Friday, June 2, 2017

Levi and Eliza Carney & Family, Choctaw Freedmen

In June 1899, Levi Carney appeared in front of the Dawes Commission to enroll his wife Eliza, daughters Mary and Frances, and a niece Edna Choate and her daughter Myrtle Powell. They were residents of San Bois. Levi was born enslaved and was held by Choctaw Jesse Jones, and wife Eliza was enslaved by Thomas LeFlore.

Levi's parents were Jerry and Sealy Carney. His father Jerry Carney was once enslaved by Storm LeFlore, and Sealy Carney was once enslaved by Jesse Jones. Eliza Carney's father was Nelson Harris, but her mother's name was not known.

The National Archives at Ft. Worth, Texas, USA;
Enrollment Cards for the Five Civilized Tribes, 1898-1914;
NAI Number 251747; Records Group Title: Records of the Bureau of Indian Affairs; Record Group Number : 75
Choctaw Freedman Card #769

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The application jacket consisted of 16 pages, with the first interview made of Levi exclusively. It was a simple interview without complication. Levi explained that one member of the household was is niece and she was the daughter of his sister Julia. Julia was at one time enslaved by Kelley Frazier. This family file is an example during the years of enslavement, parents and in some cases even siblings were enslaved by different people. Levi and one of his parents were enslaved by Jesse Jones, his mother by Thomas Le Flore, and his sister by Kelley Frazier.

National Archives Publication M1301,

Cherokee Freedman File #769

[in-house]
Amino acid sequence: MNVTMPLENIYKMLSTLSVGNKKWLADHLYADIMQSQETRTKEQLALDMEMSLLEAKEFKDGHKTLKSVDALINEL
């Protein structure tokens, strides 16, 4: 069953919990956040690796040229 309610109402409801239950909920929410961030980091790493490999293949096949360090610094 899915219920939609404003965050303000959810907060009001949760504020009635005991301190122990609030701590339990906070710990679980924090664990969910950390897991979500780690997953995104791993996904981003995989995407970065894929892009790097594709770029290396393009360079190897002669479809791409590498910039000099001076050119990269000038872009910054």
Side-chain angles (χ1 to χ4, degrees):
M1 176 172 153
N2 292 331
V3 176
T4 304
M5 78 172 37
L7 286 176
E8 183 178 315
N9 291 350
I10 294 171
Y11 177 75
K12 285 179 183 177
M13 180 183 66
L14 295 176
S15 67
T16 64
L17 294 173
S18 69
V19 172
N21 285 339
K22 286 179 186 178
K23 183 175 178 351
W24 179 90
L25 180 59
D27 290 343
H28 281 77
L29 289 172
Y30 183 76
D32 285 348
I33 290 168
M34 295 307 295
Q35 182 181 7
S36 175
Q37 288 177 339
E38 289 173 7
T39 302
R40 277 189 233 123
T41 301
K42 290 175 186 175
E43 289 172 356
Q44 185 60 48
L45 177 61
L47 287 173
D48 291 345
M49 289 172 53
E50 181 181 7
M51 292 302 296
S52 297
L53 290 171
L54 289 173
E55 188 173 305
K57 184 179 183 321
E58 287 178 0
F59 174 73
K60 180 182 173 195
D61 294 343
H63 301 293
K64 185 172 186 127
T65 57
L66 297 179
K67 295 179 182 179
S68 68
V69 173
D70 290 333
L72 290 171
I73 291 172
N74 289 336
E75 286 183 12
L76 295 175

Accessed on Fold 3

A second set of interviews are found in the file, with the commission seeking clarification about the parentage and status of the children of Edna, and also whether parents of the  two younger nieces were indeed married. A document was provided confirming that the couple was married. In addition a birth record for Myrtle was also included in the file.
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It should also be noted that this interview occurred in 1904, several years after the initial application was made. Among those interviewed were: Nick Powell, husband of Edna, (Levi's niece), Levi Carney, Amos Choate, (Edna's brother). The interviews were short and not complicated. Amos Choate's interview was primarily for clarification about Myrtle  - Edna's daughter 

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Mrytle was enrolled after the inquiry was made about her, and a letter was sent to the family about her status. 

Document reflecting the marriage of Edna Choate and Nick Powell

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The Carney family of San Bois was admitted without complication as Choctaw Freedmen. Like many  I. T. Freedmen, they have a connection to other families within the nation as well. This family of San Bois had a tie to some of the Choates from the Skullyville area, in the northern part of the Choctaw Nation.  Like many families reflected in the records, the file continually are a link to others in the same community and all are part of the larger family narrative.

This is the 17th article of a 52-article series devoted to sharing histories and stories of families once held as enslaved people in Indian Territory, now known as Oklahoma. The focus is on the Freedmen of the Five Civilized Tribes and these posts are part of an on-going project to document 52 families in 52 weeks.

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